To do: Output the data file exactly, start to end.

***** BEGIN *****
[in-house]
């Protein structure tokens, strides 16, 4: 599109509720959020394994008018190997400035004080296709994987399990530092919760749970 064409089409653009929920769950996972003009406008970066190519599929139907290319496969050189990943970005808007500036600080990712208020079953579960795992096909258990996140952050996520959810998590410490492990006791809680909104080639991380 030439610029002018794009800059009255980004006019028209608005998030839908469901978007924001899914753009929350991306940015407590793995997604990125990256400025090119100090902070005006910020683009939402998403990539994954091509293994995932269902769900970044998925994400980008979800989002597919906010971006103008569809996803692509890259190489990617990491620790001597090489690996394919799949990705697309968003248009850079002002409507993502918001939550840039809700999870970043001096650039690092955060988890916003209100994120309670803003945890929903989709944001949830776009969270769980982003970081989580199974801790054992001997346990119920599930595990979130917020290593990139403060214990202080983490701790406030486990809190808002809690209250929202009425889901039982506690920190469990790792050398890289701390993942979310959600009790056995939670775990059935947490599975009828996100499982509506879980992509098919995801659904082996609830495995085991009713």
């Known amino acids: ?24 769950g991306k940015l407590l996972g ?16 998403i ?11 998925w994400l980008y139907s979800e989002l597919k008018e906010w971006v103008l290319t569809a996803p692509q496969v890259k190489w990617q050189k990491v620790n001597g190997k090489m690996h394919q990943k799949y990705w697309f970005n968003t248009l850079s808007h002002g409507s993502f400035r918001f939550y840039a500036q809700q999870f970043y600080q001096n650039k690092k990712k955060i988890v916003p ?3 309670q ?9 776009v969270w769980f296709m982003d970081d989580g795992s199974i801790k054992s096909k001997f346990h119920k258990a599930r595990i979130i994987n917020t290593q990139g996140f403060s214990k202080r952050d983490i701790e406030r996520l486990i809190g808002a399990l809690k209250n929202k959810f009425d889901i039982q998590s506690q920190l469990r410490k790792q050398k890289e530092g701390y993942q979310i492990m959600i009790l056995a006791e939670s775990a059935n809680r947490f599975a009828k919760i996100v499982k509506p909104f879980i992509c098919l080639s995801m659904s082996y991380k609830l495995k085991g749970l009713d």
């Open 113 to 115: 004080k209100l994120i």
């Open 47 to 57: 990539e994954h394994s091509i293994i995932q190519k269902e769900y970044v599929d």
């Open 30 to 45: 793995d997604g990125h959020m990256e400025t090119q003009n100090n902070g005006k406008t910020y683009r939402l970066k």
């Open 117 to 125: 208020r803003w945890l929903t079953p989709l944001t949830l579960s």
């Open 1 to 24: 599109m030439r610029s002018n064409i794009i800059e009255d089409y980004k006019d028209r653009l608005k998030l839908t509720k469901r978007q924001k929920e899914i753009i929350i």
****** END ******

[in-house]
């Protein structure tokens, strides 16, 4: 599109509720959020394994008018190997400035004080296709994987399990530092919760749970 064409089409653009929920769950996972003009406008970066190519599929139907290319496969050189990943970005808007500036600080990712208020079953579960795992096909258990996140952050996520959810998590410490492990006791809680909104080639991380 030439610029002018794009800059009255980004006019028209608005998030839908469901978007924001899914753009929350991306940015407590793995997604990125990256400025090119100090902070005006910020683009939402998403990539994954091509293994995932269902769900970044998925994400980008979800989002597919906010971006103008569809996803692509890259190489990617990491620790001597090489690996394919799949990705697309968003248009850079002002409507993502918001939550840039809700999870970043001096650039690092955060988890916003209100994120309670803003945890929903989709944001949830776009969270769980982003970081989580199974801790054992001997346990119920599930595990979130917020290593990139403060214990202080983490701790406030486990809190808002809690209250929202009425889901039982506690920190469990790792050398890289701390993942979310959600009790056995939670775990059935947490599975009828996100499982509506879980992509098919995801659904082996609830495995085991009713």
């Known amino acids: ?24 769950g991306k940015l407590l996972g ?16 998403i ?11 998925w994400l980008y139907s979800e989002l597919k008018e906010w971006v103008l290319t569809a996803p692509q496969v890259k190489w990617q050189k990491v620790n001597g190997k090489m690996h394919q990943k799949y990705w697309f970005n968003t248009l850079s808007h002002g409507s993502f400035r918001f939550y840039a500036q809700q999870f970043y600080q001096n650039k690092k990712k955060i988890v916003p ?3 309670q ?9 776009v969270w769980f296709m982003d970081d989580g795992s199974i801790k054992s096909k001997f346990h119920k258990a599930r595990i979130i994987n917020t290593q990139g996140f403060s214990k202080r952050d983490i701790e406030r996520l486990i809190g808002a399990l809690k209250n929202k959810f009425d889901i039982q998590s506690q920190l469990r410490k790792q050398k890289e530092g701390y993942q979310i492990m959600i009790l056995a006791e939670s775990a059935n809680r947490f599975a009828k919760i996100v499982k509506p909104f879980i992509c098919l080639s995801m659904s082996y991380k609830l495995k085991g749970l009713d």
């Open 113 to 115: 004080k209100l994120i």
């Open 47 to 57: 990539e994954h394994s091509i293994i995932q190519k269902e769900y970044v599929d």
């Open 30 to 45: 793995d997604g990125h959020m990256e400025t090119q003009n100090n902070g005006k406008t910020y683009r939402l970066k």
């Open 117 to 125: 208020r803003w945890l929903t079953p989709l944001t949830l579960s």
């Open 1 to 24: 599109m030439r610029s002018n064409i794009i800059e009255d089409y980004k006019d028209r653009l608005k998030l839908t509720k469901r978007q924001k929920e899914i753009i929350i």